Their worst suspicious were confirmed when they discovered that the giant four legged metallic insects that had been carving a path of destruction through the jungle were controlled by their old friend.  Xbalanque did not stop his insects as he barked through the jade mask that he had no time to stand and parlay.  He had to get through the hole in the roots of the universe and undo what had been done.  The stars must shine again.  I am losing control... losing power... I don't have much time

And then Xbalanque ceased communications through the jade mask and the party suddenly found themselves confronted with a bunch of out of control killing machines.  If a soldier lands all four legs strikes in a round and rolls decent damage, it can drop some of the party members in one round.  The smaller bombardier caste were annoying with their chemical heat aura, their stinking gas clouds and their energy laser slices, but in the end their damage output paled next to the whirling blades of destruction that were the soldier caste Brood X.

The last two sessions have been bug hunts.  The title of the blog post comes into play due to a peculiarity of the soldier caste of Brood X - any soldier can spontaneously become a new brood mother, gaining the allegiance of all Brood X members closer to it than the old brood mother, and gaining the capability to broadcast a new brood of tiny larvae across the landscape in a great explosion.  The party did not know about this capability.  The exact mechanic is tied to a recharge 6 power I gave the soldiers called "X Blast".  A close burst 5 targeting all enemies in the burst with a single roll for 5d6 damage and curing all allies in the burst of the same amount - but if a natural 20 is rolled on the attack, all soldier Brood X allies recharge their X Blast and use it as an immediate reaction.  If any of those soldiers also roll a natural 20, it spontaneously becomes a brood mother, exploding in a magical blast that first destroys all Brood X insects within 500' and then sucks all that energy back into the new hive mother, who swells, shedding her legs, sticking her head into the ground and raising a steadily growing giant sack of squirming life into the air.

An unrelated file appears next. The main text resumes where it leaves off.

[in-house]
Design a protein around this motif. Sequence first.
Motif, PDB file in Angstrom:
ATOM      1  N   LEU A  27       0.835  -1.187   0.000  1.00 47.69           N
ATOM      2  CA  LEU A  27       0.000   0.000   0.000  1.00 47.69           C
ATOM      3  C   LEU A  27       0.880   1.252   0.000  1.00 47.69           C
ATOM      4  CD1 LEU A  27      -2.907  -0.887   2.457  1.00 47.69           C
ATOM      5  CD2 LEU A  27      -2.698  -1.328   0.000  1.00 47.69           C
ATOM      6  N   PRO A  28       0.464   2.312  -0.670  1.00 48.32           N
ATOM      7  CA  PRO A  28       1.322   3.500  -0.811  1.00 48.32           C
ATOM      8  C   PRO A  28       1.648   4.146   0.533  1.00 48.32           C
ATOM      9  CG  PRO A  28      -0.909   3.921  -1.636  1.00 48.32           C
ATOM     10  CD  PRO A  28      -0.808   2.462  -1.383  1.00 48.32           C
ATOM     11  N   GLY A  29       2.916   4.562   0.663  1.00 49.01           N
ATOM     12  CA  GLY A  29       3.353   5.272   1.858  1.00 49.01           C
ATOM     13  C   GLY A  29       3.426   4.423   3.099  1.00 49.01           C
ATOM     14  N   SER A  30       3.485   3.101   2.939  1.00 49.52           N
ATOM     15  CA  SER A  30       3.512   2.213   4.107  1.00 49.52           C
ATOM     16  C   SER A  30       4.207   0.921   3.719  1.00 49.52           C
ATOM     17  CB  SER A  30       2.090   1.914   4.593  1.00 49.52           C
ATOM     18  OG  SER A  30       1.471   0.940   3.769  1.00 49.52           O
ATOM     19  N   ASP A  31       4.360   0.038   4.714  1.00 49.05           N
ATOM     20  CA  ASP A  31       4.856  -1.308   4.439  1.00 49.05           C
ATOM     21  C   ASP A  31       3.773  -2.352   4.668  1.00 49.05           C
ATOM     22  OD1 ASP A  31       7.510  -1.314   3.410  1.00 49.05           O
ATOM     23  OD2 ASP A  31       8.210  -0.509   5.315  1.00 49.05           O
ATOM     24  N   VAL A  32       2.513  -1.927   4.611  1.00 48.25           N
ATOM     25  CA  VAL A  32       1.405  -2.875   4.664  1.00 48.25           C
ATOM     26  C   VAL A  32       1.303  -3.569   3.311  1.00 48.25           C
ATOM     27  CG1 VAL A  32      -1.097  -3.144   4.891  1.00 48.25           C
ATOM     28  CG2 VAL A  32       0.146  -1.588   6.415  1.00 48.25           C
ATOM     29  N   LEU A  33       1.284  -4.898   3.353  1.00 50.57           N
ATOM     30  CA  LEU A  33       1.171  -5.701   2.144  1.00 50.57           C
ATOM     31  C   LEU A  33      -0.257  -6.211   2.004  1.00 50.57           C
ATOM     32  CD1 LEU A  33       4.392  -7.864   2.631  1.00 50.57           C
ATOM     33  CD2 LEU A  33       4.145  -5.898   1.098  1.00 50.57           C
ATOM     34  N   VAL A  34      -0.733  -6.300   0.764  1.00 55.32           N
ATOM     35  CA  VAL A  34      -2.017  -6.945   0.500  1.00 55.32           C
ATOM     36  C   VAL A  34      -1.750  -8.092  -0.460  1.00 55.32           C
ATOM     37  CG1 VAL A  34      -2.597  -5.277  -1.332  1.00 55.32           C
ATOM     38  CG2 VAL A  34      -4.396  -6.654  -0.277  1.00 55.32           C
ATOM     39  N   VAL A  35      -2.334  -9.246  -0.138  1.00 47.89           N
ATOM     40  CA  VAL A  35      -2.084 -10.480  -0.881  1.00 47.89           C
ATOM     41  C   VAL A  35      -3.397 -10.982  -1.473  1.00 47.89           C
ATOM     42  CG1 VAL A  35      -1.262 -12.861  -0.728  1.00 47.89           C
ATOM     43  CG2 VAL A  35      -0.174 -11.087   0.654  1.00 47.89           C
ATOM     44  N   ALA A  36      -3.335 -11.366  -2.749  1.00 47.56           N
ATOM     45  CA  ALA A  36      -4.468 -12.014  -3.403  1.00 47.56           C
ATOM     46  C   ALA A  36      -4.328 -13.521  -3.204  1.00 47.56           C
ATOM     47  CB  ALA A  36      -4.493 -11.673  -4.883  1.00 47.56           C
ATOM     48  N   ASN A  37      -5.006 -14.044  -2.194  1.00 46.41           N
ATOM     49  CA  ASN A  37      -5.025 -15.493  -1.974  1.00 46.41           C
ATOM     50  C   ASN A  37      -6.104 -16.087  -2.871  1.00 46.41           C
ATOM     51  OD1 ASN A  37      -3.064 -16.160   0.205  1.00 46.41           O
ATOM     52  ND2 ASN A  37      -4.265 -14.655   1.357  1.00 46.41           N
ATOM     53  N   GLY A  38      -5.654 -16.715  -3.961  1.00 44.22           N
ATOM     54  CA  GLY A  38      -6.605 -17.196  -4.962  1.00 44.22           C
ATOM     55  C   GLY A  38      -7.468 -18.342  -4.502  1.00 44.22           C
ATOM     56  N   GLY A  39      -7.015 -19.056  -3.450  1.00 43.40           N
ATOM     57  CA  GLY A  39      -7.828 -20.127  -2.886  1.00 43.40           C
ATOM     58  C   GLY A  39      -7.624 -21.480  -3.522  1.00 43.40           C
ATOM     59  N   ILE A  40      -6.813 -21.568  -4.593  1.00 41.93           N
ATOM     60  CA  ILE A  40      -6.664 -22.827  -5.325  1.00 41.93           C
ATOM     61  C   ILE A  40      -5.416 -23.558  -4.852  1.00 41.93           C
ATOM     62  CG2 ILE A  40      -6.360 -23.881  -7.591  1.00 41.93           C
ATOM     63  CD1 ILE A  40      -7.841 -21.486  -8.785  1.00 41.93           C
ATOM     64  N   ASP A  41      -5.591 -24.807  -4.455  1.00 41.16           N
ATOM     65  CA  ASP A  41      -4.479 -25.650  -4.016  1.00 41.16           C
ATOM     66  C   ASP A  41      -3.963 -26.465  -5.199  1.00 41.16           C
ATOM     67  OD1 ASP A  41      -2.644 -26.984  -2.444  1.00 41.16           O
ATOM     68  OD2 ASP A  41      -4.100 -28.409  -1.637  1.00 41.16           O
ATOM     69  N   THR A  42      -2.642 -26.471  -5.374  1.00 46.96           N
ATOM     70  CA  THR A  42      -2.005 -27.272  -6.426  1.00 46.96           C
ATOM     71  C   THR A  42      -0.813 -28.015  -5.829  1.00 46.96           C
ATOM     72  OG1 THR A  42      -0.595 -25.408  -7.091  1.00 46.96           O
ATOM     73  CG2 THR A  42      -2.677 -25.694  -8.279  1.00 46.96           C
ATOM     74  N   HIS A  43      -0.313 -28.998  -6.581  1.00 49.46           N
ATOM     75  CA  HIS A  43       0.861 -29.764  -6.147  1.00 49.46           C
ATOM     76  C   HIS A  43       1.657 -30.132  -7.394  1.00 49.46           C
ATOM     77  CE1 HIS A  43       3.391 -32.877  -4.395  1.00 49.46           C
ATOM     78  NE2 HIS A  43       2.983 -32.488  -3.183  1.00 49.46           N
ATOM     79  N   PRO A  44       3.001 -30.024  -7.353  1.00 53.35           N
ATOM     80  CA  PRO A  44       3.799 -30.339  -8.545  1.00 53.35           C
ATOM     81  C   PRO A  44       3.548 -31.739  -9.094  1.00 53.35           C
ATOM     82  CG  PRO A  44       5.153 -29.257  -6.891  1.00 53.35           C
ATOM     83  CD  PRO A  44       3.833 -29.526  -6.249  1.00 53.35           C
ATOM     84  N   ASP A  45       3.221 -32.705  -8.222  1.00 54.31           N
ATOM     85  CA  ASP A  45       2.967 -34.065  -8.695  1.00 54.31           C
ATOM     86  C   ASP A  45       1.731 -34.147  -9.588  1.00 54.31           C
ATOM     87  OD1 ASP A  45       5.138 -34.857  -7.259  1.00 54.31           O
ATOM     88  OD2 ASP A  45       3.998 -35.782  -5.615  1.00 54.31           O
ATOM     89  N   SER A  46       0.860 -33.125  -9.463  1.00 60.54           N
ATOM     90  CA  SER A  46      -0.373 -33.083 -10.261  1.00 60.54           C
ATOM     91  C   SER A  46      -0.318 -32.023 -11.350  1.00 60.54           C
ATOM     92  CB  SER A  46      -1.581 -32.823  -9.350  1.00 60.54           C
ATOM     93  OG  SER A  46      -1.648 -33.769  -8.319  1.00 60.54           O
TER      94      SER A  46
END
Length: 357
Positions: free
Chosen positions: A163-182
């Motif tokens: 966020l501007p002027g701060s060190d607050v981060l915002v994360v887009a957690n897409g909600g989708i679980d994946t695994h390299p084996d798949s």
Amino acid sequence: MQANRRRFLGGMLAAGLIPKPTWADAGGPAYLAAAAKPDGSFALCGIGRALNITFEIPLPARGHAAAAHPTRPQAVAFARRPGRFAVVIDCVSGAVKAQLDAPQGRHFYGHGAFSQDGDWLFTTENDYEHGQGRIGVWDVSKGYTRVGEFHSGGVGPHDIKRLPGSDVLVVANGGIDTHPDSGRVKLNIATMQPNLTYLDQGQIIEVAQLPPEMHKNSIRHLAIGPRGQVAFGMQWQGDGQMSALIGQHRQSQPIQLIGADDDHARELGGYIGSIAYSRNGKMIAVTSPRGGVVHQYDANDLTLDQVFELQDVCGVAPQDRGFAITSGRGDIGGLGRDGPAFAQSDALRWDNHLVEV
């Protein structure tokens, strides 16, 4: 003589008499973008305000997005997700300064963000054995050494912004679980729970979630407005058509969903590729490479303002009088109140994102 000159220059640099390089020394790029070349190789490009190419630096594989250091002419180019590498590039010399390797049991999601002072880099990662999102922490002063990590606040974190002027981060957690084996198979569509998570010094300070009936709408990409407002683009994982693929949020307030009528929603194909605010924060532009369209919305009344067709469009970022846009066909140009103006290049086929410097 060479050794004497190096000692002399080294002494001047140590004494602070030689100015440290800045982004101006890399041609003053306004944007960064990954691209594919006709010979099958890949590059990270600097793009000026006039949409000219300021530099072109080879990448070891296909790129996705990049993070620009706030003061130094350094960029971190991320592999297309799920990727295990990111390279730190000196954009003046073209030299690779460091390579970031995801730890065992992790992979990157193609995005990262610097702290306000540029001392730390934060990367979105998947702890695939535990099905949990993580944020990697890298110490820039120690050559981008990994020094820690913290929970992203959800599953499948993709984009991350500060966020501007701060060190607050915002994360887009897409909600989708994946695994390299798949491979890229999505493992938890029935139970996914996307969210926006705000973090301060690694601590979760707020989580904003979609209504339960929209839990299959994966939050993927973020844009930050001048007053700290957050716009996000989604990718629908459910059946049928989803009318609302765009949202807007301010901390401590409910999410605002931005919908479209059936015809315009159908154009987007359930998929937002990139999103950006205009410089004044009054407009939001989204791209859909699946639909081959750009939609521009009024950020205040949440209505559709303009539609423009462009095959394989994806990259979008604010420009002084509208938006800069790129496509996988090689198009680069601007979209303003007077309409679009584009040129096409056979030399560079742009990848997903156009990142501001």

So while the party was dicking around out in the jungle, licking their wounds after their first bug combat, I was rolling to see how often the power recharged as the remaining soldiers rampaged through the landscape, then rolling X Blast attack rolls and looking for natural twenties.

It only took 13 total rounds of player actions (including a five round short rest) before I got the double 20 combination on a recharge 6 power and a tremendous explosion occurred to the south.  A new brood mother had formed, and the pair of soldiers the party had been hunting suddenly reversed course and headed back toward the explosion. The party hightailed it there themselves and beat the incoming soldiers, gaining several rounds to attack the hideous pulsating blob they found in the middle of a totally leveled blast clearing.

And that is why I am glad I actually rolled the dice to see when the new hive mother occurred instead of just going with the statistical average time.  You never know what will happen when you roll the dice.  And often, what happens is sheer dramatic genius.  If I had gone with the average time, it would have been hours until the new brood mother formed, and by that time the party would probably have hunted down quite a bit more of them in the mean time, reducing the probabilities even further.

As it was, we had a great session that ended with the last two Brood X insects psychically dominated by Beautiful Bob and serving the party as mounts as they returned to the native village they have been calling home.  And for once, the party saved the area they were adventuring in instead of scarring it forever!